Simple theory may explain mysterious dark matter, physicists say

June 11, 2013

Simple theory may explain mysterious dark matter, physicists say

One physicist says he likes this theory because of “its simplicity, uniqueness and the fact that it can be tested.”

Theoretical physicists at Vanderbilt University contend that a simply theory may explain mysterious dark matter. They propose that most of the matter in the universe may be constructed of particles that have an abnormal, donut-shaped electromagnetic field known as an anapole.

According to a news release from Vanderbilt University, Professor Robert Scherrer and post-doctoral fellow Chiu Man Ho carried out an in-depth analysis to determine the validity of this theory. Scherrer points out that he likes this theory because of “its simplicity, uniqueness and the fact that it can be tested.”

Space.com notes that approximately 80 percent of all the matter in the universe is made up of dark matter. Dark matter is material that physicists cannot directly observe. Why is this? Because dark matter does not emit light or energy. Scherrer and Ho suggest that dark matter may be constructed of a type of basic particle known as the Majorana fermion. Though the particle’s existence was predicted in the 1930’s, it has doggedly resisted detection.

While this theory has been previously put forth, Scherrer and Ho have shown that these particles are uniquely adapted to have an anapole. This field gives the Majorana particles properties that vary from those of particles that have the more common fields possessing two poles and illustrates why they are so hard to detect.

According to Scherrer, a lot of models for dark matter expect that it interacts through exotic forces that we do not come across on a daily basis. However, anapole dark matter utilizes ordinary electromagnetism like the force that makes magnets stick to your refrigerator. Scherrer and Ho also point out that the model makes predictions about the rate at which anapole dark matter should reveal itself in the dark matter detectors that are hidden underground. According to these predictions, the existence of anapole dark matter will soon be proven or ruled out by these experiments.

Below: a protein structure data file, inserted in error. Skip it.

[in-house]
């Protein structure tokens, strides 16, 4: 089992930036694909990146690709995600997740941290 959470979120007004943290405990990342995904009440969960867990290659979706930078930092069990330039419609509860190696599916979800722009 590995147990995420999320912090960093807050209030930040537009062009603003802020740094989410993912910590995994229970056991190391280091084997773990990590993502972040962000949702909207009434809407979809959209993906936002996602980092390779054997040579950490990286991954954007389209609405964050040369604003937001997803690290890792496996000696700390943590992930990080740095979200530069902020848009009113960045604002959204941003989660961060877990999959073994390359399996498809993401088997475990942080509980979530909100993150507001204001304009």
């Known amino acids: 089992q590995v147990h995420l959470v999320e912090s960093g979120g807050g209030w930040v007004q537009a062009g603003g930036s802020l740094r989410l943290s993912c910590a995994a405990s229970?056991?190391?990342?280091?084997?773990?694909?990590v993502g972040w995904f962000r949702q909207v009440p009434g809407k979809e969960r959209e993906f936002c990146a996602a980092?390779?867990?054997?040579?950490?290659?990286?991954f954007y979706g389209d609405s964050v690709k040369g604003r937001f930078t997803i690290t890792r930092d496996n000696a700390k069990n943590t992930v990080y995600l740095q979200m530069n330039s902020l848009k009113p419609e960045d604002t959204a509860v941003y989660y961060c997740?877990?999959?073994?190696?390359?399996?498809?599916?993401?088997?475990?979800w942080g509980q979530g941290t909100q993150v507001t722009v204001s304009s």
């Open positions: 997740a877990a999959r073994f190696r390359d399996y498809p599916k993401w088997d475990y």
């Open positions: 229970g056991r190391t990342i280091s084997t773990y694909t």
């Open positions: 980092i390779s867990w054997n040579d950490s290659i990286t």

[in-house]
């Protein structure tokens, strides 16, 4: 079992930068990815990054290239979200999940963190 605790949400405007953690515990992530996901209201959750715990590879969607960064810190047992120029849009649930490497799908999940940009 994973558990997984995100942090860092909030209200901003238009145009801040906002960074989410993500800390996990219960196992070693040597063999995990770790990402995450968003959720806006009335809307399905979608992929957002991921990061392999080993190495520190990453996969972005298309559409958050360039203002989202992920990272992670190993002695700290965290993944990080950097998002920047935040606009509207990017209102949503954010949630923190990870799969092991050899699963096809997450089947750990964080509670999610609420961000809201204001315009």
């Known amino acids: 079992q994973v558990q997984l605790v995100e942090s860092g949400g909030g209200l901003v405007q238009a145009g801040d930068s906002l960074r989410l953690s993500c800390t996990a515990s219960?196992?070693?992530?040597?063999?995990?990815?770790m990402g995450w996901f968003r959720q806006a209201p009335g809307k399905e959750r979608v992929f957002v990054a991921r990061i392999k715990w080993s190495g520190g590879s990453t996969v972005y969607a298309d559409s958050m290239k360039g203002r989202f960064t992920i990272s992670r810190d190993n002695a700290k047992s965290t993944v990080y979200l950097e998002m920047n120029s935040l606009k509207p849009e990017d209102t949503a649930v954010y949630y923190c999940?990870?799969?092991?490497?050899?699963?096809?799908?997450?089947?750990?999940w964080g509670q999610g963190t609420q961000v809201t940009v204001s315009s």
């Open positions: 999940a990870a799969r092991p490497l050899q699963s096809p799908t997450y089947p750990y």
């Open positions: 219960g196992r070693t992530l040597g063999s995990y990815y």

Ever since Italian physicist Ettore Majorana created a variation of Paul Dirac’s formulation that predicts the existence of an electrically neutral fermion, physicists have been looking for Majorana fermions. Though the main candidate has been the neutrino, scientists have not yet been able to figure out the basic nature of this particle.

Scientists believe that dark matter also explains why stars far from the center of galaxies are traveling at much higher velocities than can be reasoned by the amount of visible matter that the galaxies have. Scientists believe that these galaxies contain a sizable amount of undetectable dark matter. This dark matter cannot be spotted in telescopes because it does not interface very strongly with light and other electromagnetic radiation.

However, several physicists have studied dark matter particles that don’t contain electrical charges, but possess electric or magnetic dipoles. Unfortunately, even these more complex models are ruled out for Majorana particles, which is why Ho and Scherrer performed an in-depth analysis of dark matter with an anapole magnetic moment.

According to Ho, “fundamental symmetries of nature” prevent Majorana fermions from obtaining any electromagnetic properties except the anapole.

The physicists contend that particles with anapole fields must be moving before they interact and the quicker they move the better the interaction. Therefore, anapole particles were probably a lot more interactive during the early days of the universe and would likely have become less and less interactive over time.

The anapole dark matter particles proposed by Ho and Scherrer would demolish in the early universe, and the left-over particles from the process would create the dark matter around today. Because anapole interaction relies on how fast the particles move, these particles would have evaded detection so far.

The study’s findings are described in greater detail in the journal Physics Letters B.


Comments
Comments should take into account that readers may hold different opinions. With that in mind, please make sure comments are respectful, insightful, and remain focused on the article topic. In addition, readers can send us tips, press releases, or ideas for stories: [email protected]